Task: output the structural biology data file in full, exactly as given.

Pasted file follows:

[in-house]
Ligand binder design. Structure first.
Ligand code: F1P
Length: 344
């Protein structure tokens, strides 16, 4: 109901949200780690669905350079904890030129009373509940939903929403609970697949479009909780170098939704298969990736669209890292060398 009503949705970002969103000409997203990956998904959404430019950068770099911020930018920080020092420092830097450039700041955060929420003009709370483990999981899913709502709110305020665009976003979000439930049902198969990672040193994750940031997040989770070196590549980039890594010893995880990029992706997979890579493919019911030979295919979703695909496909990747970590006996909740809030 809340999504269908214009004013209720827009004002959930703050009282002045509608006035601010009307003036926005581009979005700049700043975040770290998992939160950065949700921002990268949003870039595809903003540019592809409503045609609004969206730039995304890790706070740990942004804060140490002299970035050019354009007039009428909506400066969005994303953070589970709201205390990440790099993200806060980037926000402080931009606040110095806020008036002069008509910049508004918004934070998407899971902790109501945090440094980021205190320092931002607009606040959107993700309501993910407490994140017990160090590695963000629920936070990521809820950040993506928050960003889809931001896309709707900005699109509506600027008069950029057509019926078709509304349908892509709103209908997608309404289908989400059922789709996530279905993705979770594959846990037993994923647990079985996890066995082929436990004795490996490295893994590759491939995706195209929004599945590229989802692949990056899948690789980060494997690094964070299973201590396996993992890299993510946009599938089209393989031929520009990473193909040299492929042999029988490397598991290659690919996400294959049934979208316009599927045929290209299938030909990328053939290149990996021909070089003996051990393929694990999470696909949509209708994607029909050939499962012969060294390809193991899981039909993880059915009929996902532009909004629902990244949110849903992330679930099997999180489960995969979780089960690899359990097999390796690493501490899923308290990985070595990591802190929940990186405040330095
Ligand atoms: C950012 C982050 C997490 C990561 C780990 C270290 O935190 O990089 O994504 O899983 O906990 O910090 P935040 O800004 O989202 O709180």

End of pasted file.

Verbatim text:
[in-house]
Ligand binder design. Structure first.
Ligand code: F1P
Length: 344
């Protein structure tokens, strides 16, 4: 109901949200780690669905350079904890030129009373509940939903929403609970697949479009909780170098939704298969990736669209890292060398 009503949705970002969103000409997203990956998904959404430019950068770099911020930018920080020092420092830097450039700041955060929420003009709370483990999981899913709502709110305020665009976003979000439930049902198969990672040193994750940031997040989770070196590549980039890594010893995880990029992706997979890579493919019911030979295919979703695909496909990747970590006996909740809030 809340999504269908214009004013209720827009004002959930703050009282002045509608006035601010009307003036926005581009979005700049700043975040770290998992939160950065949700921002990268949003870039595809903003540019592809409503045609609004969206730039995304890790706070740990942004804060140490002299970035050019354009007039009428909506400066969005994303953070589970709201205390990440790099993200806060980037926000402080931009606040110095806020008036002069008509910049508004918004934070998407899971902790109501945090440094980021205190320092931002607009606040959107993700309501993910407490994140017990160090590695963000629920936070990521809820950040993506928050960003889809931001896309709707900005699109509506600027008069950029057509019926078709509304349908892509709103209908997608309404289908989400059922789709996530279905993705979770594959846990037993994923647990079985996890066995082929436990004795490996490295893994590759491939995706195209929004599945590229989802692949990056899948690789980060494997690094964070299973201590396996993992890299993510946009599938089209393989031929520009990473193909040299492929042999029988490397598991290659690919996400294959049934979208316009599927045929290209299938030909990328053939290149990996021909070089003996051990393929694990999470696909949509209708994607029909050939499962012969060294390809193991899981039909993880059915009929996902532009909004629902990244949110849903992330679930099997999180489960995969979780089960690899359990097999390796690493501490899923308290990985070595990591802190929940990186405040330095
Ligand atoms: C950012 C982050 C997490 C990561 C780990 C270290 O935190 O990089 O994504 O899983 O906990 O910090 P935040 O800004 O989202 O709180």